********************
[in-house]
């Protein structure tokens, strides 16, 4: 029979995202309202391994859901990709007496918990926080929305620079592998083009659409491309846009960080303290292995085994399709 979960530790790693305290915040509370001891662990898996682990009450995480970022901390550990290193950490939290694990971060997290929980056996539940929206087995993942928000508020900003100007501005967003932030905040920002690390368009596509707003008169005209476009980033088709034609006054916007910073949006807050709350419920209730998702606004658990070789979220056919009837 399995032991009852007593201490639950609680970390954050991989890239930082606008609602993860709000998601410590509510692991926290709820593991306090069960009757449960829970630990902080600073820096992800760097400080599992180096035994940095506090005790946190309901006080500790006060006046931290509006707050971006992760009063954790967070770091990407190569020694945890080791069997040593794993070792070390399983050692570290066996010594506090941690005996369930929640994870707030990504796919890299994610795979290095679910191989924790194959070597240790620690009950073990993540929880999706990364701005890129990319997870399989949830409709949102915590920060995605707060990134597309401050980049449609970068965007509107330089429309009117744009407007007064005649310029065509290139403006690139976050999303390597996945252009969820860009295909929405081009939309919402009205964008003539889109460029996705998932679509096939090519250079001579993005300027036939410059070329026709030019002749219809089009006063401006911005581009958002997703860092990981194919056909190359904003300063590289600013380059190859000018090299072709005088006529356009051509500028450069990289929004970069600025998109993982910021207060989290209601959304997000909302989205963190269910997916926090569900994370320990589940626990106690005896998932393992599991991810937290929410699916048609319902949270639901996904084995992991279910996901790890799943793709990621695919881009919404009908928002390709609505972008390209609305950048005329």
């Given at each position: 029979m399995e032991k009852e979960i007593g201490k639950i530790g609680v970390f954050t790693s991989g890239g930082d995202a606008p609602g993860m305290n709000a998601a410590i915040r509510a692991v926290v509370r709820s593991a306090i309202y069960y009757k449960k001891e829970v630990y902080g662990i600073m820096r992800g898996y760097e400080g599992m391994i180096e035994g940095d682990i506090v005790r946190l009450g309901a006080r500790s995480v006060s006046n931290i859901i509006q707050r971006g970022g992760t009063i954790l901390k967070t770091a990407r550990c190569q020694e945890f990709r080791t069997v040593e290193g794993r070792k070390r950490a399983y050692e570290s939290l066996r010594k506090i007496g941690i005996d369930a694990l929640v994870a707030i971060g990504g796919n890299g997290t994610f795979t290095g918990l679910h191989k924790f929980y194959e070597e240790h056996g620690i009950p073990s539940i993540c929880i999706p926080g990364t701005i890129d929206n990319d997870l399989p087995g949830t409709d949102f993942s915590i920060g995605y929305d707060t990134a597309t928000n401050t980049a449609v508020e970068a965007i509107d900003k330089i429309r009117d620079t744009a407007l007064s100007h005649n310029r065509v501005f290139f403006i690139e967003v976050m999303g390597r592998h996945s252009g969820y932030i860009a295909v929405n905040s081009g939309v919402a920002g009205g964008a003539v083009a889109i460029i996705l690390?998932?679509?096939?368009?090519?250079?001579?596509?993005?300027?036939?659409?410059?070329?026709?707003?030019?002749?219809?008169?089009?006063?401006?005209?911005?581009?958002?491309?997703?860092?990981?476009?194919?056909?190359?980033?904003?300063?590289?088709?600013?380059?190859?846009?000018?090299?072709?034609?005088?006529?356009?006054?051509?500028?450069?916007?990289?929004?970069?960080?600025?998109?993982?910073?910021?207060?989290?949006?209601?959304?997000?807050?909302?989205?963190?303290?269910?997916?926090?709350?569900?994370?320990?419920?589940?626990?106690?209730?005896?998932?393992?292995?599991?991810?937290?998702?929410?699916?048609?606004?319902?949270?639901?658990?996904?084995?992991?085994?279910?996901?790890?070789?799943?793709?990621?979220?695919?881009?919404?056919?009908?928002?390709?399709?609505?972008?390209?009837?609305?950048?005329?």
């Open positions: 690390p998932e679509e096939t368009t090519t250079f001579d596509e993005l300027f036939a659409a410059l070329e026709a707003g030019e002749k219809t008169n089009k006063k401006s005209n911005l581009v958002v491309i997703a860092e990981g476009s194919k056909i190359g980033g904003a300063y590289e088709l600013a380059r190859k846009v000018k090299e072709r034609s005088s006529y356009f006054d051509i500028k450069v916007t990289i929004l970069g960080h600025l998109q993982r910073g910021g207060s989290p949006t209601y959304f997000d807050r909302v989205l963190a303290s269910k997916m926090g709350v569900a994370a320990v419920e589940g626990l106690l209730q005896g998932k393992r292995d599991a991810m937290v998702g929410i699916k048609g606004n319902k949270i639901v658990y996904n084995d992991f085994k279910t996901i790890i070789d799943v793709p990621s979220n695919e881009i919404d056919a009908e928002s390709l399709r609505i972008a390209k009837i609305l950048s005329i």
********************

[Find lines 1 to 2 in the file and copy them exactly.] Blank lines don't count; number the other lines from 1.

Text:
[in-house]
């Protein structure tokens, strides 16, 4: 029979995202309202391994859901990709007496918990926080929305620079592998083009659409491309846009960080303290292995085994399709 979960530790790693305290915040509370001891662990898996682990009450995480970022901390550990290193950490939290694990971060997290929980056996539940929206087995993942928000508020900003100007501005967003932030905040920002690390368009596509707003008169005209476009980033088709034609006054916007910073949006807050709350419920209730998702606004658990070789979220056919009837 399995032991009852007593201490639950609680970390954050991989890239930082606008609602993860709000998601410590509510692991926290709820593991306090069960009757449960829970630990902080600073820096992800760097400080599992180096035994940095506090005790946190309901006080500790006060006046931290509006707050971006992760009063954790967070770091990407190569020694945890080791069997040593794993070792070390399983050692570290066996010594506090941690005996369930929640994870707030990504796919890299994610795979290095679910191989924790194959070597240790620690009950073990993540929880999706990364701005890129990319997870399989949830409709949102915590920060995605707060990134597309401050980049449609970068965007509107330089429309009117744009407007007064005649310029065509290139403006690139976050999303390597996945252009969820860009295909929405081009939309919402009205964008003539889109460029996705998932679509096939090519250079001579993005300027036939410059070329026709030019002749219809089009006063401006911005581009958002997703860092990981194919056909190359904003300063590289600013380059190859000018090299072709005088006529356009051509500028450069990289929004970069600025998109993982910021207060989290209601959304997000909302989205963190269910997916926090569900994370320990589940626990106690005896998932393992599991991810937290929410699916048609319902949270639901996904084995992991279910996901790890799943793709990621695919881009919404009908928002390709609505972008390209609305950048005329």